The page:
I am reading this for the Mystery & Suspense reading challenge.
Paperback. Publisher: Arrow Books 2010; Length: 312 pages ; Setting: Contemporary India. Source: Reading Battle Library. Finished reading on: 11 June 2011.
S. Krishna: I can’t recommend The Case of the Missing Servant highly enough. Whether you’re itching for a new detective novel or just want a taste of bustling India, this book is fun, smart, well-written, and entirely absorbing.
Review Room: “The Case of the missing servant” was a very enjoyable read.
Nishi Take: However, in spite of this flaw, this is a book well-worth reading. Highly recommend!
Paper Spaceships: Hall places clues rather subtly, and the clues really only offer slight hints. The Case of the Missing Servant really kept me guessing right up to the end of the story. Even when the case was solved, I was a bit dumbfounded at how Puri managed to piece together what he had. Maybe I was inattentive to some clues? I am not sure. I was so pleased with Tarquin Hall’s story that I joined the Vish Puri fan-page on Facebook! Hall has a written a second Vish Puri novel. It is entitled The Case of the Man Who Died Laughing.
About the Writer:
Tarquin Hall is a British writer and journalist. He was born in London, 1969, to an English father and American mother. Hall has spent much of his adult life away from the United Kingdom. He is the author of three books and dozens of articles that have appeared in many British newspapers and magazines, including the Times, Sunday Times, Daily Telegraph, Observer and New Statesman. He has also worked in TV news and is a former South Asia bureau chief of Associated Press TV. His chosen subject matter has proven extraordinarily diverse. He has written features on Wilfred Thesiger, Texan rattlesnake hunters, the Taliban and British-Asian Urdu poets. Hall’s exclusive reports include a profile on Emma McCune, an English woman who married Southern Sudanese guerilla commander Riek Machar; the draining of Iraq’s marshes by Saddam Hussein, and a one-on-one with former Kurdish PKK leader Abdullah Öcalan in a Syrian safehouse.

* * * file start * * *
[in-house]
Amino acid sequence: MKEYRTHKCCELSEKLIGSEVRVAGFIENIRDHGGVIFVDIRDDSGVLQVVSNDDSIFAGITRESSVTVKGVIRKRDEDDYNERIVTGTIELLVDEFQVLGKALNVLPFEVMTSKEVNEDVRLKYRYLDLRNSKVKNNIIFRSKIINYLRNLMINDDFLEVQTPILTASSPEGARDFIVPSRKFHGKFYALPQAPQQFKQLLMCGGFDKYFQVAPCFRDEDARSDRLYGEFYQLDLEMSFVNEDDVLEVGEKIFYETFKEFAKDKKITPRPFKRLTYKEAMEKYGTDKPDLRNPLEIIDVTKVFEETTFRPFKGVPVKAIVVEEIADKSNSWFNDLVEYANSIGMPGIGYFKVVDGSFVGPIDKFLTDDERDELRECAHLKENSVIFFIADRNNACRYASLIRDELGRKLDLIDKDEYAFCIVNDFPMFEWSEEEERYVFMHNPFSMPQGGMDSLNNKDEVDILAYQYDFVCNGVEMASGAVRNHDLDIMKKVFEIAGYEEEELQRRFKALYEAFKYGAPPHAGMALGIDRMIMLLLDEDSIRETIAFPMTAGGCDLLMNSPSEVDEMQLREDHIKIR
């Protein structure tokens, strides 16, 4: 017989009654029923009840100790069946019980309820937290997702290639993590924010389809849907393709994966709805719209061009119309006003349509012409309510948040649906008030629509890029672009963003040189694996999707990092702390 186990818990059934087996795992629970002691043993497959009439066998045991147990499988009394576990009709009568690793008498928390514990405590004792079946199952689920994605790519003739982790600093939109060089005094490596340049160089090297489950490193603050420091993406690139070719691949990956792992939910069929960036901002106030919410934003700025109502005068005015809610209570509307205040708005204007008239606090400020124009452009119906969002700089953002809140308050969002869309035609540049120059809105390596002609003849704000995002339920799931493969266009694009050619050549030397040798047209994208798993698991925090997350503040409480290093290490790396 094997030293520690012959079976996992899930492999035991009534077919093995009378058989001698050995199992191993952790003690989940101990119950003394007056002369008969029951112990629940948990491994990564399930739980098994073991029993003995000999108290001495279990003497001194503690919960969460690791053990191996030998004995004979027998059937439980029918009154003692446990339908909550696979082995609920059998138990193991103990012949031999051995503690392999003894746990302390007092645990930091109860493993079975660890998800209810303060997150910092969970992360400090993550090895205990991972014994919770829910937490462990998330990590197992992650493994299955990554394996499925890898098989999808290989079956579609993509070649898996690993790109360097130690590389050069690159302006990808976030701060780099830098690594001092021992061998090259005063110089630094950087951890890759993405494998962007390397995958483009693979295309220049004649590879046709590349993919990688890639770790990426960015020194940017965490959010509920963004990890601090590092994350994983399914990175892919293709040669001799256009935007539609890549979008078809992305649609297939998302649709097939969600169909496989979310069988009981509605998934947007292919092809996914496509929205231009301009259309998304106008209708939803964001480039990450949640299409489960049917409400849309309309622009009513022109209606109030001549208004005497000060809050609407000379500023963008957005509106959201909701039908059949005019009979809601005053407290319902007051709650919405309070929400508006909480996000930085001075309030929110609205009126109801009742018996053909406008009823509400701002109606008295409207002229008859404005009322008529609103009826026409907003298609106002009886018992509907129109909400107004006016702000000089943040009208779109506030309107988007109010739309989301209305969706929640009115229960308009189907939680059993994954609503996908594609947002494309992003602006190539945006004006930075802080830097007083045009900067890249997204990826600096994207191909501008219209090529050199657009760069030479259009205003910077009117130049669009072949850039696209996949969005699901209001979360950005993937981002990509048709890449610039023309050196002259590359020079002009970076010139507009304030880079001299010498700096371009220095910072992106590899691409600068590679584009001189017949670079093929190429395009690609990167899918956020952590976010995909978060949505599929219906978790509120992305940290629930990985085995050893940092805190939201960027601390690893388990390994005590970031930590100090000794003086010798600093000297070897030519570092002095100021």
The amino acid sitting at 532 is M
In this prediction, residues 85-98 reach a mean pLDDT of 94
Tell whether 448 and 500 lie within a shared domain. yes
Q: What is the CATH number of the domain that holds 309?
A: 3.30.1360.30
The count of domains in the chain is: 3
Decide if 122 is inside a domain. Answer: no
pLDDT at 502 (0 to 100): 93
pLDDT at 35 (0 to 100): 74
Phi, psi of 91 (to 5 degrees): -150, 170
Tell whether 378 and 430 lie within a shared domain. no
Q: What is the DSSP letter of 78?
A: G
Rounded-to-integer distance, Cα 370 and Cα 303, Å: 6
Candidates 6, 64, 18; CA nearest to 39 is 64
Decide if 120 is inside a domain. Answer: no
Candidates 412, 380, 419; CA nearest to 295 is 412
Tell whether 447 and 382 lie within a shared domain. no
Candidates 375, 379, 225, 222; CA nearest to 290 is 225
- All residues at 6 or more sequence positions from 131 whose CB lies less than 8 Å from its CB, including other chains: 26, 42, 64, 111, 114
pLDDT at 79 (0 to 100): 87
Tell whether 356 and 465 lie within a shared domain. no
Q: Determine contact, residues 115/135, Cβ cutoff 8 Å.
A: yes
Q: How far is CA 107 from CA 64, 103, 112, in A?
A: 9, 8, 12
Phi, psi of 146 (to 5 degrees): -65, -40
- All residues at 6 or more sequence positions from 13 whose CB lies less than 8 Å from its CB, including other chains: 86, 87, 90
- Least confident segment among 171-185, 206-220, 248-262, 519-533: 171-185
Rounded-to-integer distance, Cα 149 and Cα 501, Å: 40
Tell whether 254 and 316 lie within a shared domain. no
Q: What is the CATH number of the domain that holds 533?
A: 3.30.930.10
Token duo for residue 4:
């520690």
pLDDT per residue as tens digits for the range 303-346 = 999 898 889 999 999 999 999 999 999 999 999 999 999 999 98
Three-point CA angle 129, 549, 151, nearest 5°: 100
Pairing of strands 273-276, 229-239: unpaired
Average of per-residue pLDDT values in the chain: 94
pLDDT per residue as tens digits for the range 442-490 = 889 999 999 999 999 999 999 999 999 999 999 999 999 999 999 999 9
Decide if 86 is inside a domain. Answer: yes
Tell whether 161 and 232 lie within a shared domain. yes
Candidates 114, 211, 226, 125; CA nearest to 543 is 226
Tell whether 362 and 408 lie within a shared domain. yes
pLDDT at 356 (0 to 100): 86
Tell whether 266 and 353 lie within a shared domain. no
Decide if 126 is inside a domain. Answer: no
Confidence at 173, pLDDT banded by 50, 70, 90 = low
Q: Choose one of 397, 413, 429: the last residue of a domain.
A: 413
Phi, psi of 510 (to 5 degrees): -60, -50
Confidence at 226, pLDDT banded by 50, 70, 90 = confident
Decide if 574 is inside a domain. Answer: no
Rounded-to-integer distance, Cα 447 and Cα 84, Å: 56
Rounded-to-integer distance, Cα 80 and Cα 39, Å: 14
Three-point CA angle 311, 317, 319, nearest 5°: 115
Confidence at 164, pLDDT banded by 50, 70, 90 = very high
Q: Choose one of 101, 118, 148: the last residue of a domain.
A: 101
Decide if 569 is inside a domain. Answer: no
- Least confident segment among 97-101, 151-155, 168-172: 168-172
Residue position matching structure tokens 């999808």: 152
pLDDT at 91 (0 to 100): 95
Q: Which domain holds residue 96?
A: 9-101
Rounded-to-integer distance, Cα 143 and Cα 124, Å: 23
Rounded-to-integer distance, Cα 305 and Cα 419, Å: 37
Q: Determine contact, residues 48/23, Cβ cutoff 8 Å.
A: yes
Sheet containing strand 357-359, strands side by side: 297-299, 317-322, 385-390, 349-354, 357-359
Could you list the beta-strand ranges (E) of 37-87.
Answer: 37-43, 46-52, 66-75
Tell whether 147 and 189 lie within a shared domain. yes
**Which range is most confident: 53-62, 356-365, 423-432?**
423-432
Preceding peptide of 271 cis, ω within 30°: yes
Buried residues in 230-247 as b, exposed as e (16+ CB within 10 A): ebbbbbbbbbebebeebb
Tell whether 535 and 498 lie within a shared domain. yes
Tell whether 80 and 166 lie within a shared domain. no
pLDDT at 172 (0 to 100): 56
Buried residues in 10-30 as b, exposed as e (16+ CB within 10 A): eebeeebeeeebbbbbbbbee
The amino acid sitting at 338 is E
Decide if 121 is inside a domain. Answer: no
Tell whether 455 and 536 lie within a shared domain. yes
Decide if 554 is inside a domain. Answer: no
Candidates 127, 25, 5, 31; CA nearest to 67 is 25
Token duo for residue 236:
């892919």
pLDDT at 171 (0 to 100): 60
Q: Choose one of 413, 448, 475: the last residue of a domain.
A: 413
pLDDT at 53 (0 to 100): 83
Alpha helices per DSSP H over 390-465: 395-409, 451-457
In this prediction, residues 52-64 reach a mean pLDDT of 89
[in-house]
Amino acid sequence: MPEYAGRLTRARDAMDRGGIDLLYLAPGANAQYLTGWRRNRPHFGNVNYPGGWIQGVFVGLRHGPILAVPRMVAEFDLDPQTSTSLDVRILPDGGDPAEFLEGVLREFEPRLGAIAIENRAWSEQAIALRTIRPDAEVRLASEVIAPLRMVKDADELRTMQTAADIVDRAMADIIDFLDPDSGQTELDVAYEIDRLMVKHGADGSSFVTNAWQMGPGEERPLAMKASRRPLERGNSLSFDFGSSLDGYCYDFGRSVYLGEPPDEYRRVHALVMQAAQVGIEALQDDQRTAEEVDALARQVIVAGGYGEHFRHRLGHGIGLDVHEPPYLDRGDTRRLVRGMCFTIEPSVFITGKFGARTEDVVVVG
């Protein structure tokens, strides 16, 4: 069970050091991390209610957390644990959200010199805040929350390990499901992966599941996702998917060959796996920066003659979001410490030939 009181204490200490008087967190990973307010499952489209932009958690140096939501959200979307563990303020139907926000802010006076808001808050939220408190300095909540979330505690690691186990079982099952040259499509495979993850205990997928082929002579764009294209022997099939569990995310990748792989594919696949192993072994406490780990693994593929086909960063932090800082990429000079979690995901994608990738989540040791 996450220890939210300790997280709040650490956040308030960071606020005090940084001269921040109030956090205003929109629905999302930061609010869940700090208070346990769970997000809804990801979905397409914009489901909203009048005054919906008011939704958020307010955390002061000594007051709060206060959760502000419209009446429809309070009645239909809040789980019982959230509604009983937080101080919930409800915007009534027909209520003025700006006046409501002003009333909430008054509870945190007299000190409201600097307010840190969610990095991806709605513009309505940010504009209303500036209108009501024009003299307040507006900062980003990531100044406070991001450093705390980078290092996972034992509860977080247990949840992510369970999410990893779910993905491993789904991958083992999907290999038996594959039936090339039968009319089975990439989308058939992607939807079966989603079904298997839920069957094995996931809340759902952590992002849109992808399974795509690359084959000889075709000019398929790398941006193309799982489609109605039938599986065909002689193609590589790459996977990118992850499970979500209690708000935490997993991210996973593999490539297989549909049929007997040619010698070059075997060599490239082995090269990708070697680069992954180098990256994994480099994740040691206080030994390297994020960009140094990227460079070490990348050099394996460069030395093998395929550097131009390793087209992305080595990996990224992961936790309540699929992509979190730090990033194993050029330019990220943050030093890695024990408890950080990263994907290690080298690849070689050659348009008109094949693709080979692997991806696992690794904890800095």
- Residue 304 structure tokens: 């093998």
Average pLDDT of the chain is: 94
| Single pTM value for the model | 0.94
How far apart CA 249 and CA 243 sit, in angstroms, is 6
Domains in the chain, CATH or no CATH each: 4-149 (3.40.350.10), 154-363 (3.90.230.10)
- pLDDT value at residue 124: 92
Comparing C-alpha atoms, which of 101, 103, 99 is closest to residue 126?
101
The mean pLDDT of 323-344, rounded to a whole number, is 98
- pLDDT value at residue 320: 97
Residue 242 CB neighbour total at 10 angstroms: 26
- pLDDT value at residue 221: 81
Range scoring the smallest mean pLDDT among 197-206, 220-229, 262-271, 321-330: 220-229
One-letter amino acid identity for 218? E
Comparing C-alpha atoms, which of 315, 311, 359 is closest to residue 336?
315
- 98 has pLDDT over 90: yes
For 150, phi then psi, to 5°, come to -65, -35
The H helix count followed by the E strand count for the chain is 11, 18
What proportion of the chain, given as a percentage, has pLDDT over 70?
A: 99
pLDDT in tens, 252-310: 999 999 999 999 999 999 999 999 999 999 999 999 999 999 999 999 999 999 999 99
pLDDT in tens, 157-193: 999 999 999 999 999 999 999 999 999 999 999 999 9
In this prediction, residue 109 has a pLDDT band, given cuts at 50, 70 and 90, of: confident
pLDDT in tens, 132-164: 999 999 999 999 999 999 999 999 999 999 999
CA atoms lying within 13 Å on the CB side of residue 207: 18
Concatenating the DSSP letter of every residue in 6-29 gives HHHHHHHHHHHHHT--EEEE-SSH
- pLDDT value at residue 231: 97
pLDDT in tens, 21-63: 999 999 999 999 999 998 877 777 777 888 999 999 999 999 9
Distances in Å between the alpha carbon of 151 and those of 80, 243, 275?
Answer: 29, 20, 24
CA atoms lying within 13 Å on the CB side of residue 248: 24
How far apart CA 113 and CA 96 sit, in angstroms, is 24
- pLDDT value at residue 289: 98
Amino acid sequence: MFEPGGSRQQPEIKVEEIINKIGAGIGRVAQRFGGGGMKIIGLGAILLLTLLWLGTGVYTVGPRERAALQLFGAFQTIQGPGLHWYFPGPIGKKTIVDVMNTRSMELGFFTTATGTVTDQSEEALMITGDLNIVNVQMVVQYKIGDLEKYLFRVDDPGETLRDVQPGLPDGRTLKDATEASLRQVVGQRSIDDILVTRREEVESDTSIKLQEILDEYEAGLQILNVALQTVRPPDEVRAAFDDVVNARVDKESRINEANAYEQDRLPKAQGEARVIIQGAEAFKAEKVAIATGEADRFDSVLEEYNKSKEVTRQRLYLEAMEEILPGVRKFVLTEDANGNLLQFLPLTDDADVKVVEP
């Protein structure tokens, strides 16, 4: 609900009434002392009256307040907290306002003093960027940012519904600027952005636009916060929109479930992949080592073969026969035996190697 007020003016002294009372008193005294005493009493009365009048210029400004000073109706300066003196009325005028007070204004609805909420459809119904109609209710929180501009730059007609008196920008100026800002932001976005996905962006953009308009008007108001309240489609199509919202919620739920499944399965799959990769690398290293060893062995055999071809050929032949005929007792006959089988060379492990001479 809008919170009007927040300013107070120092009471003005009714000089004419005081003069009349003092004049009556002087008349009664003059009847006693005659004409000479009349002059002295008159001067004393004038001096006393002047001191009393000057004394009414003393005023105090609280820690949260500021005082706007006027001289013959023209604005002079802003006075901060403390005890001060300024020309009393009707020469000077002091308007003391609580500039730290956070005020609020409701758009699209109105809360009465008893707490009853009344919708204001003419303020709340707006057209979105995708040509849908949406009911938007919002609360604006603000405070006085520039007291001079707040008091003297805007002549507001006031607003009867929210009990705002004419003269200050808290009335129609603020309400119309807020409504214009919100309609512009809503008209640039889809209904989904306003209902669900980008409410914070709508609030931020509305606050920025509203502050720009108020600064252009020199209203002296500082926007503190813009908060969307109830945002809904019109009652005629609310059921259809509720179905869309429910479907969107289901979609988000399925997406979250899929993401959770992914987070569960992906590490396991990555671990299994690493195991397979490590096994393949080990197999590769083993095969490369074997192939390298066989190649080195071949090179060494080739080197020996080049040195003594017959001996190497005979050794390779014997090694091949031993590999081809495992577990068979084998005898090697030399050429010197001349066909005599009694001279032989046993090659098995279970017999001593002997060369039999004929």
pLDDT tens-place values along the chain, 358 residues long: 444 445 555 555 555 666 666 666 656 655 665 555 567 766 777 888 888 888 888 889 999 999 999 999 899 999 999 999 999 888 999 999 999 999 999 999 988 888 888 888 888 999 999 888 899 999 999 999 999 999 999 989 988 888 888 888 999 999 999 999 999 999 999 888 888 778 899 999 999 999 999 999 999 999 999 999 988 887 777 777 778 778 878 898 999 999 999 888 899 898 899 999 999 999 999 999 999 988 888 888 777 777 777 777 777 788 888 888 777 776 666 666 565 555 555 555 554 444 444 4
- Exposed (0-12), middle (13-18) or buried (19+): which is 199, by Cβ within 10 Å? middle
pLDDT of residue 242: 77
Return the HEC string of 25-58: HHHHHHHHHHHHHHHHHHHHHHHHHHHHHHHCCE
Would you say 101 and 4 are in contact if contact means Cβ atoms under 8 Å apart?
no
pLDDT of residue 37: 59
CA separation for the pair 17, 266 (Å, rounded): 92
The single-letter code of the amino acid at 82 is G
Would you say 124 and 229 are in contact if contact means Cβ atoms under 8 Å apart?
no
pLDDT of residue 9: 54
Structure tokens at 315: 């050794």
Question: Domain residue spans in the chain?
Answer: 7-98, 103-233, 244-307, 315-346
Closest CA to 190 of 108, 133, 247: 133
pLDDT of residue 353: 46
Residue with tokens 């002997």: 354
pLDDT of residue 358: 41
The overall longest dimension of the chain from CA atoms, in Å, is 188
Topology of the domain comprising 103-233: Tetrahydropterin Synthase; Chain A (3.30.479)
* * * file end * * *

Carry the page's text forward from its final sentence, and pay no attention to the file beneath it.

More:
Hall’s books have received wide acclaim in the British press. His second, To the Elephant Graveyard was heralded by Christopher Matthew in the Daily Mail as “a classic”. His third, Salaam Brick Lane, about Brick Lane in the East End of London, was described by Kevin Rushby in The Guardian as “charming, brilliant, affectionate and impassioned.” Salaam Brick Lane recounts a year spent above a Bangladeshi sweatshop on Brick Lane.
In 2009, Hall published his first mystery novel The Case of the Missing Servant introducing the Punjabi literary character Vish Puri, India’s Most Private Investigator. Hall′s second novel in the Puri series, The Case of the Man Who Died Laughing, is released on 15 June 2010. The sequel follows Puri as he unravels who really murdered a renowned Indian scientist.
Hall currently divides his time between London and Delhi. He is married to the Indian-born BBC reporter and presenter Anu Anand. They have a young son.
See Author Website: Tarquin Hall